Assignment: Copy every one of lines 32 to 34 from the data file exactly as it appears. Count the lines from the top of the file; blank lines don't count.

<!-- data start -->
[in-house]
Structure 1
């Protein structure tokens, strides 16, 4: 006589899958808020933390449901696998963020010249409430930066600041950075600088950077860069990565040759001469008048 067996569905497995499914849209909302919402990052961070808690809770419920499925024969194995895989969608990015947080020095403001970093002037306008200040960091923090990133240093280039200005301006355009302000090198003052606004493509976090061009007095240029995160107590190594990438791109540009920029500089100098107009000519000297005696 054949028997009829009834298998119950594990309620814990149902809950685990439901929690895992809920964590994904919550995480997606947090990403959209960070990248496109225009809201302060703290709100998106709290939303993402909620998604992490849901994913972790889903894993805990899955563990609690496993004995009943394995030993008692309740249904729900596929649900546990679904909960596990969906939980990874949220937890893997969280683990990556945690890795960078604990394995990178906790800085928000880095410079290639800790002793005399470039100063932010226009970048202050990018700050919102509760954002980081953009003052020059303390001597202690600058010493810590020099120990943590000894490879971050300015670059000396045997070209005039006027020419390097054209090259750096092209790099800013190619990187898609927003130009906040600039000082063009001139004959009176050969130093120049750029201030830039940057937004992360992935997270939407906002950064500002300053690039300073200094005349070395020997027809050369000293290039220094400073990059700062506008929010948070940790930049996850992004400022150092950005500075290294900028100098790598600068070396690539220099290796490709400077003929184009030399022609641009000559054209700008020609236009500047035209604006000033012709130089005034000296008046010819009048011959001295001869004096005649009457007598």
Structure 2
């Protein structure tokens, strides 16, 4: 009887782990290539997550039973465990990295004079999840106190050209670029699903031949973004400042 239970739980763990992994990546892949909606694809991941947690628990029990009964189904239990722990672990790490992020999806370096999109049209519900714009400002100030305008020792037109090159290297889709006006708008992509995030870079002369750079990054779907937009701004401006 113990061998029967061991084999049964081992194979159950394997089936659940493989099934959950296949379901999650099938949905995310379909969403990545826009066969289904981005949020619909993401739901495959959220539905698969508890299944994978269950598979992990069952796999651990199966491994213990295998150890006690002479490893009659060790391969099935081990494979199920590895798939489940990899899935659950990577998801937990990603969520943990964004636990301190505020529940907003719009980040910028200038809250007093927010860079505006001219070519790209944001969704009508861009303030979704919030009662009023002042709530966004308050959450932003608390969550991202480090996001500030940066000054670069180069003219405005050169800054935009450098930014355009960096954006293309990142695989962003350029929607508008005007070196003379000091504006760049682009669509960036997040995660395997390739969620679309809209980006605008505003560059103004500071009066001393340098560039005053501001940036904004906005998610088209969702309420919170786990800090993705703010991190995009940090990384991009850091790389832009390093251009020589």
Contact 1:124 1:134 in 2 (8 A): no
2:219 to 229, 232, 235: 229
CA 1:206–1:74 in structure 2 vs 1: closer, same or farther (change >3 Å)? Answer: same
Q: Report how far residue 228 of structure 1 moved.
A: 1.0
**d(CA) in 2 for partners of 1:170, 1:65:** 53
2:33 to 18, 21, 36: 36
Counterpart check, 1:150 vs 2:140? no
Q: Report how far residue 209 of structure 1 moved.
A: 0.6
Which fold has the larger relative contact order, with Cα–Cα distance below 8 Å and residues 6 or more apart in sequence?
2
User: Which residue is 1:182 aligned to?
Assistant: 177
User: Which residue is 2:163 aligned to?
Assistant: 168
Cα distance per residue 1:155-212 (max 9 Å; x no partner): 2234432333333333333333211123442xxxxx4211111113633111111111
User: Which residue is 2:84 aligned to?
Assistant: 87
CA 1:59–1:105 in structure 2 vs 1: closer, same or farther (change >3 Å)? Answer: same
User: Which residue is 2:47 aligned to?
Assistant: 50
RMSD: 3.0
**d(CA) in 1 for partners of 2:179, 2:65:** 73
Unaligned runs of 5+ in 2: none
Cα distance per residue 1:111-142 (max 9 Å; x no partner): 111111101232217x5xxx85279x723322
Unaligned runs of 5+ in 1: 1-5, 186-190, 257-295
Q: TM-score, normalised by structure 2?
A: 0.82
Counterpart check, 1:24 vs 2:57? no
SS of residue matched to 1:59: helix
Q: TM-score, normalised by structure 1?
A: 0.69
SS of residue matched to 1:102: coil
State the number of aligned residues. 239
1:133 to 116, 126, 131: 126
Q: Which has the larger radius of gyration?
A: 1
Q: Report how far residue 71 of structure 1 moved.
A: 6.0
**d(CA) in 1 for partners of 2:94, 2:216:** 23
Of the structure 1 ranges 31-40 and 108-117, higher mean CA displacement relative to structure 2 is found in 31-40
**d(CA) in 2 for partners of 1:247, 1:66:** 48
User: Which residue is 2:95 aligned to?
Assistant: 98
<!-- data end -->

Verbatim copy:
Unaligned runs of 5+ in 1: 1-5, 186-190, 257-295
Q: TM-score, normalised by structure 2?
A: 0.82